The saxophonist leader of the Microscopic Septet – that either means a great deal to you, or nothing – moved to Australia in 2005 and seems to have developed a whole new career as an expert on music in the silent movies. The Adventures of Prince Achmed was devised as a soundtrack for Lotte Reiniger’s beautiful 1926 silhouette animation, which in turn is based on the One Thousand Nights and One Night, or Arabian Nights in British usage. Diggin’ the Bones is closer to what Johnston writes with collaborator Joel Forrester for the Micros, who continue as a going concern, despite their geographical shifts; but again, the concept seems to be early entertainment technologies, in this case 3D stereoview prints which allow the owner to create parlour “movies” and panoramas of saucy scenes, or in this case Hell.
It’s rather touching that Johnston should have personally signed each review copy. This doesn’t so much curry a favourable notice as serve to remind that his music now has its own immediately recognisable “signature” or autograph. Fast, looping melodies that sometimes recall Raymond Scott, sometimes Frank Zappa, often early country blues, but often delivered in layered portions and parts for which silhouette animation and stereoscope are more than viable metaphors.
The film soundtrack, which still exists as a live project, was originally conceived as an hour-long improvisation for winds, keyboards drums and pre-set samples. The track listing is simply for CD convenience. Diggin’ Bones is a more conventional group line-up, but with Alister Spence less familiarly on organ and Necks man Lloyd Swanton providing his own signature hypno-bass.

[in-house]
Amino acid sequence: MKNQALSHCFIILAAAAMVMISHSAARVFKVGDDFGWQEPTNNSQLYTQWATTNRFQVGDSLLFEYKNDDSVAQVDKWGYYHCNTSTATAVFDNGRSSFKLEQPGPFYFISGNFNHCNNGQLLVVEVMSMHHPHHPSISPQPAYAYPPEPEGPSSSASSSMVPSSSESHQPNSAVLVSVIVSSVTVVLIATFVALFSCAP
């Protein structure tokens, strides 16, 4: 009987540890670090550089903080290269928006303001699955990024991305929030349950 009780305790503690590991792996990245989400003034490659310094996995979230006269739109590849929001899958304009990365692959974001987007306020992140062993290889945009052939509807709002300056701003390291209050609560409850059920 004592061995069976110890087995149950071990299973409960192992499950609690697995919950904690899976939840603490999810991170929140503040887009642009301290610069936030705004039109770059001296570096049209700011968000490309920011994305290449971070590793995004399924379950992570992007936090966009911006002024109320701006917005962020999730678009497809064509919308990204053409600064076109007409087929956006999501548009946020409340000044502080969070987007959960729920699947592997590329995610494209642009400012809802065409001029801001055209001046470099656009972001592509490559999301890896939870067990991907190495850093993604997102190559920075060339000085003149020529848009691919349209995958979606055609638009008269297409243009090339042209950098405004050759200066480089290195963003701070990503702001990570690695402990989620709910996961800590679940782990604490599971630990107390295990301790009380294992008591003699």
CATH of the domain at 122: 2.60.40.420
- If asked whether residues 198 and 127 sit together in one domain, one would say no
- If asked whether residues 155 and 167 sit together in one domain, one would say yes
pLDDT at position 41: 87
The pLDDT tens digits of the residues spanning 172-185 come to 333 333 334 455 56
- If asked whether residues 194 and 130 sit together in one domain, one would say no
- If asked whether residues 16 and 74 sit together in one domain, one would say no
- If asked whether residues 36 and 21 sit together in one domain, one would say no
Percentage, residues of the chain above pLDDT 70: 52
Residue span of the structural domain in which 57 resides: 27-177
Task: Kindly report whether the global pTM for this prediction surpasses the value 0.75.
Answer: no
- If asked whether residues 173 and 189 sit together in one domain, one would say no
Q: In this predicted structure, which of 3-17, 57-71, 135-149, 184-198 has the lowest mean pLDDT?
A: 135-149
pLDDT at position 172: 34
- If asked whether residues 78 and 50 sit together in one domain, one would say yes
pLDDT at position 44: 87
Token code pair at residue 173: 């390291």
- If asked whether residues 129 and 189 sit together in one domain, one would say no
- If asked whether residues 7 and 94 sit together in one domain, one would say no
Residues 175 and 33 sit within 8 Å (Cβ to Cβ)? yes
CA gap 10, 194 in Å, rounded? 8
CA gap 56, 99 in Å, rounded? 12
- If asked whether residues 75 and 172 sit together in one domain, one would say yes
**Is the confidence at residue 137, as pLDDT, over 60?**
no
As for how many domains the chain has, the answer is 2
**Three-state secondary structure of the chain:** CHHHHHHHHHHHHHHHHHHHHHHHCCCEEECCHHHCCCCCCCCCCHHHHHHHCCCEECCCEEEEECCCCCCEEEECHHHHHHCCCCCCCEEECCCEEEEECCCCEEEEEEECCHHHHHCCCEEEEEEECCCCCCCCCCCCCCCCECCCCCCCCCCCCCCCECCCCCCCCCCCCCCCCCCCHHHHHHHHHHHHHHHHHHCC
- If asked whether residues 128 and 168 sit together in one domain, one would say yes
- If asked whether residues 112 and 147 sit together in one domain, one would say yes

Suffice it to say that both are intensely beautiful, often poignantly amusing and utterly humane. If you aren’t familiar with Johnston’s work, it might be worth digging out Cuneiform’s Seven Men in Neckties/Surrealistic Swing and sample a back catalogue that goes back to 1980 (and once featured John Zorn as a member), putting out there what Johnston severally called a “brassless little big band” (Greening’s trombone on Prince Ahmed is a fairly rare breach of that definition) and “guitarless r’n’b”. His work since has deepened and grown in harmonic and expressive sophistication, but I sense these discs will be better appreciated by initiates than newcomers.
[Phillip Johnston & the Coolerators: Diggin’ Bones] Frankly; What Is Real?; Diggin’ Bones; Temporary Blindness; Later; The Revenant; Legs Yet; Trial by Error; Regrets #17; Ducket Got a Whole in It (58.52)
Johnston (ss, as); Alister Spence (org); Lloyd Swanton (b); Nic Cecire (d). Sydney, October/November 2017.
[Phillip Johnston: The Adventures of Prince Achmed] Prelude; The African Magician; Prince Achmed; Pari Banu Kidnapped; Adventures in China; The Witch and the Wedding; Take Me to Wak-Wak!; The Magic Lamp; Aladdin’s Tale; The Witch Vs the Magician; The Battle of the Spirits; Return to the Land of the Mortals (65.00)
Johnston (ss); James Greening (tb); Alister Spence, Casey Golden (org, ky); Nic Cecire (d). Sydney, August/September 2013.